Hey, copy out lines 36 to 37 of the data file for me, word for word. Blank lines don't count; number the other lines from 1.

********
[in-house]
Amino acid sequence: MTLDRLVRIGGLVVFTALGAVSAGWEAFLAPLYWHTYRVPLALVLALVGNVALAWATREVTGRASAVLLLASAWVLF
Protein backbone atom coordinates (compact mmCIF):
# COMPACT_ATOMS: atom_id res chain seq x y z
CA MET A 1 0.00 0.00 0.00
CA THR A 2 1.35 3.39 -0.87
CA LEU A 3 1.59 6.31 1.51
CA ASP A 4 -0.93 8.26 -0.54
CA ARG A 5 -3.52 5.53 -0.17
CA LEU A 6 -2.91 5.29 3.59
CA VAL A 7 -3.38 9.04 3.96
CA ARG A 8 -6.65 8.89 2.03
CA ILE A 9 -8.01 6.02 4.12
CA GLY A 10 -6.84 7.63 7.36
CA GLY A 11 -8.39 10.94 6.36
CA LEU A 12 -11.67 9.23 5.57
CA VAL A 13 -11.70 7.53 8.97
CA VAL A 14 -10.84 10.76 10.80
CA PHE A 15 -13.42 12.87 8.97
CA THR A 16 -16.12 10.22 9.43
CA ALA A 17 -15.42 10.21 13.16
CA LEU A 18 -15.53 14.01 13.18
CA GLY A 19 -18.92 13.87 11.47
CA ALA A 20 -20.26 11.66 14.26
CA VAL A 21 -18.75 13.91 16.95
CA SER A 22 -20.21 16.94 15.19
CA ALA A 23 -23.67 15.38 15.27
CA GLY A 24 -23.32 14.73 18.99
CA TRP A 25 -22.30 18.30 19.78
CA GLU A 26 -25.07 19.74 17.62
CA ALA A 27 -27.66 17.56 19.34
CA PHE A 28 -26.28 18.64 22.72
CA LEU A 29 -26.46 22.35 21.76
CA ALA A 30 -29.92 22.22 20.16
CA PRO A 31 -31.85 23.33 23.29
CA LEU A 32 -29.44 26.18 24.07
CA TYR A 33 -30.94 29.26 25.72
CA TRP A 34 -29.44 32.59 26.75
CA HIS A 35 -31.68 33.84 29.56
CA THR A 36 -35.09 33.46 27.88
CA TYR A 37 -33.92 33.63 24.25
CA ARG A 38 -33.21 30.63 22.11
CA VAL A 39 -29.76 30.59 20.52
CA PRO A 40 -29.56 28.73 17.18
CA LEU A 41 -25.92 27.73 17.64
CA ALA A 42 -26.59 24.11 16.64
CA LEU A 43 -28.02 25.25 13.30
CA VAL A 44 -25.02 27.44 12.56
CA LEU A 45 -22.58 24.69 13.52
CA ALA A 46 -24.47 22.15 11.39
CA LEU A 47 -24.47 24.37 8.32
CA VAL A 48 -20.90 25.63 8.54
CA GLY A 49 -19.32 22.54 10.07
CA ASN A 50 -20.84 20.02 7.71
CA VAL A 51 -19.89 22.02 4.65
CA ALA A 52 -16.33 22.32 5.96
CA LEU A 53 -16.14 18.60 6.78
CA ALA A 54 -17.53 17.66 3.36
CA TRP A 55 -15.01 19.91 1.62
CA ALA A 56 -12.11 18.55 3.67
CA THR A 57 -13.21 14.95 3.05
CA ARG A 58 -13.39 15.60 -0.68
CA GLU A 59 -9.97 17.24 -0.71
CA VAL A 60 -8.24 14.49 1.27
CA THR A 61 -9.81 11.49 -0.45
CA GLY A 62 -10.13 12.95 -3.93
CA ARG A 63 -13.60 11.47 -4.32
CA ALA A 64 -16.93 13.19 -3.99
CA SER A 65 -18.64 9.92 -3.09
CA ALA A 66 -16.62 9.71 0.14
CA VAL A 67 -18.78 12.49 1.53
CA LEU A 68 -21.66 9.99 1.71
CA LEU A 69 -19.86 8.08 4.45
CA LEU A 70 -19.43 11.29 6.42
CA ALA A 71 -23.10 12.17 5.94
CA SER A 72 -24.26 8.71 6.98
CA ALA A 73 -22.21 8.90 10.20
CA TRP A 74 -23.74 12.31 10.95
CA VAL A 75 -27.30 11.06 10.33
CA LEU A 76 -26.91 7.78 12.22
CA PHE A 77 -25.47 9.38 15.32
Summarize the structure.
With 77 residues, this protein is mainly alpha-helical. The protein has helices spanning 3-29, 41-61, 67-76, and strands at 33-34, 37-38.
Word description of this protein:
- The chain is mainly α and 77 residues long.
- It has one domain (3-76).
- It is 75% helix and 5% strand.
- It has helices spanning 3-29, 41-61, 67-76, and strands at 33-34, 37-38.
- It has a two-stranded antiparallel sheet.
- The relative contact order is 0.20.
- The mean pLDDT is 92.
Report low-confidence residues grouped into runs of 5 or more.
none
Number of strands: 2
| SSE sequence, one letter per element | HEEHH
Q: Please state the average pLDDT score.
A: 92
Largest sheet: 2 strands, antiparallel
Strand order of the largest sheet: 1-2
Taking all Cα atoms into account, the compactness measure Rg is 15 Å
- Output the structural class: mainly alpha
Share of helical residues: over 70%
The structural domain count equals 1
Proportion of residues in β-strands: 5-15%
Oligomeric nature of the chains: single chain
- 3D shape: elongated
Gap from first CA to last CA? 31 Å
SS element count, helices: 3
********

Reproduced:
CA LEU A 32 -29.44 26.18 24.07
CA TYR A 33 -30.94 29.26 25.72